For hybrid to truly be a success, it requires a collective effort — from senior leadership, through to team managers and individuals themselves. “For managers, it’s about team coordination skills. It’s about individual employees taking control and being intentional about what it is they need to do, and how when and where they do it best,” said Cali Yost, CEO and founder of consultancy Flex+ Strategy Group. “It’s about the business owning a new way of operating, that is enabled in one part by HR making sure there’s a clear performance management system in place, and that people have the skills and tools they need to execute the work.” But making these hybrid set-ups work in the day-to-day business, it’s going to take senior leaders aligning around a shared vision of what the plan is, and ensuring they lead by example, she added.
Asynchronous-working fosters culture of openness
Asynchronous working, which lets people respond to work messages and add to projects at times that fit their individual work schedules, will likely grow in popularity. To get it right, it’s important not to be over zealous on the number of channels used, within whatever company tools are used to communicate — whether it’s Microsoft Teams, Salesforce, Google Docs. Hedderman advises not to go over seven channels. These channels are where the asynchronous work happens. “Every leader needs to think about asynchronous working,” he said. “I’ve got a general channel, a channel around ‘rhythms of business’, I’ve got one around products, people and channels within teams.”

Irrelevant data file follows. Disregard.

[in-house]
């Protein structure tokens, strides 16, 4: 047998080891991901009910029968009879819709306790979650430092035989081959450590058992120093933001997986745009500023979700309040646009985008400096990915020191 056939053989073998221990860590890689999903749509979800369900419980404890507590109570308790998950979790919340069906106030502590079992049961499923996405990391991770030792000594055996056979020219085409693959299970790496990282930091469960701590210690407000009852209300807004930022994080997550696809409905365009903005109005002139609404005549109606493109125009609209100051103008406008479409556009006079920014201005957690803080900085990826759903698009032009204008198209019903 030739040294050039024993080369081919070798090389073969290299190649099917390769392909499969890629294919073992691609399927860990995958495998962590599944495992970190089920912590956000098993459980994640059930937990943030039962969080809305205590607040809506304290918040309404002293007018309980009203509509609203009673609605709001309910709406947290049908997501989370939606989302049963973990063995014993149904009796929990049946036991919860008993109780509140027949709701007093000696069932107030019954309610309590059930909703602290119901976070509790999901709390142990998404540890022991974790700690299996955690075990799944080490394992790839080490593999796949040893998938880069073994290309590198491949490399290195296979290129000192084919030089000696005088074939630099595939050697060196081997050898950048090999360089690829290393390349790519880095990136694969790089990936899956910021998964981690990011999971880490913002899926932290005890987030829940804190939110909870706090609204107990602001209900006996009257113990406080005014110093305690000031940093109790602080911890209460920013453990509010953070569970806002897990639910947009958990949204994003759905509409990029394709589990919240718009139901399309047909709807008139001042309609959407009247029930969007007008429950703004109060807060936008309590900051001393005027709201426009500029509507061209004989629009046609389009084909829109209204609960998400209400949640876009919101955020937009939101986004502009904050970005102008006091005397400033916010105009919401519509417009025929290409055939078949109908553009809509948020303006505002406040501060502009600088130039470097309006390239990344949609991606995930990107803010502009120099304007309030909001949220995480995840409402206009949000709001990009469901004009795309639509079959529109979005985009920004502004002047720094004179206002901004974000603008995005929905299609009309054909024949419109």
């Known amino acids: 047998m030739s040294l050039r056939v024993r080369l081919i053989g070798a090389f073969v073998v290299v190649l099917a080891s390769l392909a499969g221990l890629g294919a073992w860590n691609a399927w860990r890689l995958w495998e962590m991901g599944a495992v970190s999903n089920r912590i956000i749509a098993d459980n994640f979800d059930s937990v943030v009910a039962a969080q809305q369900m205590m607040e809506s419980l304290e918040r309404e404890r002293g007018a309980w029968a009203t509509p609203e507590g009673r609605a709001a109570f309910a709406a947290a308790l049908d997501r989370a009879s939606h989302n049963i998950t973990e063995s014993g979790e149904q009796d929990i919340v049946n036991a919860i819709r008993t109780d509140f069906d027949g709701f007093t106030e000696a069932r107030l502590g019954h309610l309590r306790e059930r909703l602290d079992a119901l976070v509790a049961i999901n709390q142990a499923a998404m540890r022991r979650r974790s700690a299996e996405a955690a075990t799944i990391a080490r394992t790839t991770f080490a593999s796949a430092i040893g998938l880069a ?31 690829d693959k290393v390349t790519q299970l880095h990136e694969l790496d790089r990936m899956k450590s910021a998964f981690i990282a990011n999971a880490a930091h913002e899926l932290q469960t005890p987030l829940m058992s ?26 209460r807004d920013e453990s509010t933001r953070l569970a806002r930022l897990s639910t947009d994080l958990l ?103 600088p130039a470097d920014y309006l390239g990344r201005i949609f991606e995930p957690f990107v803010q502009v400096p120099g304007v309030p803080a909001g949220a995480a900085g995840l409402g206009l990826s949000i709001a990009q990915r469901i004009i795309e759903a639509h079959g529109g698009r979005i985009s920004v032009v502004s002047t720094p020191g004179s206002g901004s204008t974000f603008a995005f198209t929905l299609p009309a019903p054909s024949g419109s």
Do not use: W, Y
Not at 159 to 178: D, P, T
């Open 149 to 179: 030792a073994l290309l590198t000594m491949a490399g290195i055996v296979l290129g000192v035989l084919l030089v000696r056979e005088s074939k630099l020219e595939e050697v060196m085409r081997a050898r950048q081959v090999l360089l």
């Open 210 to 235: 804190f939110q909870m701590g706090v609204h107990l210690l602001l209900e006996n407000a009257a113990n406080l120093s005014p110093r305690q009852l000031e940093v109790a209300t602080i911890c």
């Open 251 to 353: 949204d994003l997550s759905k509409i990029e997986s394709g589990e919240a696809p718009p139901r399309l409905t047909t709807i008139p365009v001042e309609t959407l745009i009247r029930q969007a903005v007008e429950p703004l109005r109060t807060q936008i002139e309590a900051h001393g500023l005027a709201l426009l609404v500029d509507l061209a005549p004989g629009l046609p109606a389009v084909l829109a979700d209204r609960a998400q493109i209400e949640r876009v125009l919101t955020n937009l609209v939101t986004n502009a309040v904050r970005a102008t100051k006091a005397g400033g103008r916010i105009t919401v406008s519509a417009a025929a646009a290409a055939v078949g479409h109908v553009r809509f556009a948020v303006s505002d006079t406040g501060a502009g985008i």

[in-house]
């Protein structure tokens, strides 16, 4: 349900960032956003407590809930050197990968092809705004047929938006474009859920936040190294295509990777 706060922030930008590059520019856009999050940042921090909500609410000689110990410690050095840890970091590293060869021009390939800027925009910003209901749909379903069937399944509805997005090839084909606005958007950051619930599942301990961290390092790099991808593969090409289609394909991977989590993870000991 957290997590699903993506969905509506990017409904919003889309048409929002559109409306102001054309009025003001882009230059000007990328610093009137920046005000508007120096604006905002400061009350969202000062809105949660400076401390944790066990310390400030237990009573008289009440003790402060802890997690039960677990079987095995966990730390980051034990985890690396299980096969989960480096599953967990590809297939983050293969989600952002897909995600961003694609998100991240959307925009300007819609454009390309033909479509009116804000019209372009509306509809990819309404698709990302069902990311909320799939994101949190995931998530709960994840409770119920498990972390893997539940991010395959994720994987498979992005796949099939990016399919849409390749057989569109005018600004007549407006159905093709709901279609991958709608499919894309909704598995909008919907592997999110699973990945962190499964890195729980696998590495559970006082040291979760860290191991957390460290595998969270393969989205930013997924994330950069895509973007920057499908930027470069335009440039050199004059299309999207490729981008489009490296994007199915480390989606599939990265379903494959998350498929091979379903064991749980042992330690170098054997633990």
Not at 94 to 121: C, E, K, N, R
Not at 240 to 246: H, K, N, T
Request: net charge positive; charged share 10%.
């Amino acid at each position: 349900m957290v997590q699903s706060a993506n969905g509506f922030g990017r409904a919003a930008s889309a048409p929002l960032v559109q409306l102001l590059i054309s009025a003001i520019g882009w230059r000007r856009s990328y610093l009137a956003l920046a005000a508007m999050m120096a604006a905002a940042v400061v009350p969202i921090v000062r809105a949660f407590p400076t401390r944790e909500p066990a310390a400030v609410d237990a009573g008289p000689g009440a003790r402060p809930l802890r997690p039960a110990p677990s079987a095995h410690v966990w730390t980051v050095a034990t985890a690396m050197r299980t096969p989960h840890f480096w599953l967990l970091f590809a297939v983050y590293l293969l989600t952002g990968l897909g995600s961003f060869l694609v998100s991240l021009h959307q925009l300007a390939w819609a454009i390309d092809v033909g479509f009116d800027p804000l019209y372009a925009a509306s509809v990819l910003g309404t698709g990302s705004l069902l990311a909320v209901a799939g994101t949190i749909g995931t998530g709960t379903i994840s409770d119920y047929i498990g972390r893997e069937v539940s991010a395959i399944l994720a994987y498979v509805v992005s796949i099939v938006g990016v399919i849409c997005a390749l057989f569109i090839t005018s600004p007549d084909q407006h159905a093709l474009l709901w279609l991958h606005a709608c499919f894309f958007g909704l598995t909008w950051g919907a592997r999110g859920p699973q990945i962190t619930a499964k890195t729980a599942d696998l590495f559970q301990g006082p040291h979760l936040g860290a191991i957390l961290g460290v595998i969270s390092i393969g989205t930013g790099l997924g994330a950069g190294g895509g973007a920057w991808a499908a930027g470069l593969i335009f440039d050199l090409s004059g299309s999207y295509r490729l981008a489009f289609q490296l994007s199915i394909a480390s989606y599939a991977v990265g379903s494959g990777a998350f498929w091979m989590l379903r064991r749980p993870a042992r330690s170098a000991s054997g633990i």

So, if Microsoft is getting ready for a product launch, Hedderman will write the plan for it in a Word document and post it into his product channel. Most major tasks require an element of teamwork so he can add people he wants to contribute and they will receive an alert to show they need to add to the document. “The process then gets richer as more and more people contribute,” he added. Although certain people are alerted, anyone in that channel can view its progress. “There are about 20 of us in this particular group and it fosters this culture of openness. No longer is knowledge power, knowledge is about sharing and helping. And it’s enriched by having different people’s perspectives included in it,” said Hedderman.
Like most things in this hybrid world, establishing the right blend of asynchronous and synchronous working is the sweet spot. In-person meetings will always be valuable although more and more people are recording them and catching up asynchronously. Getting the right balance will be down to the individual.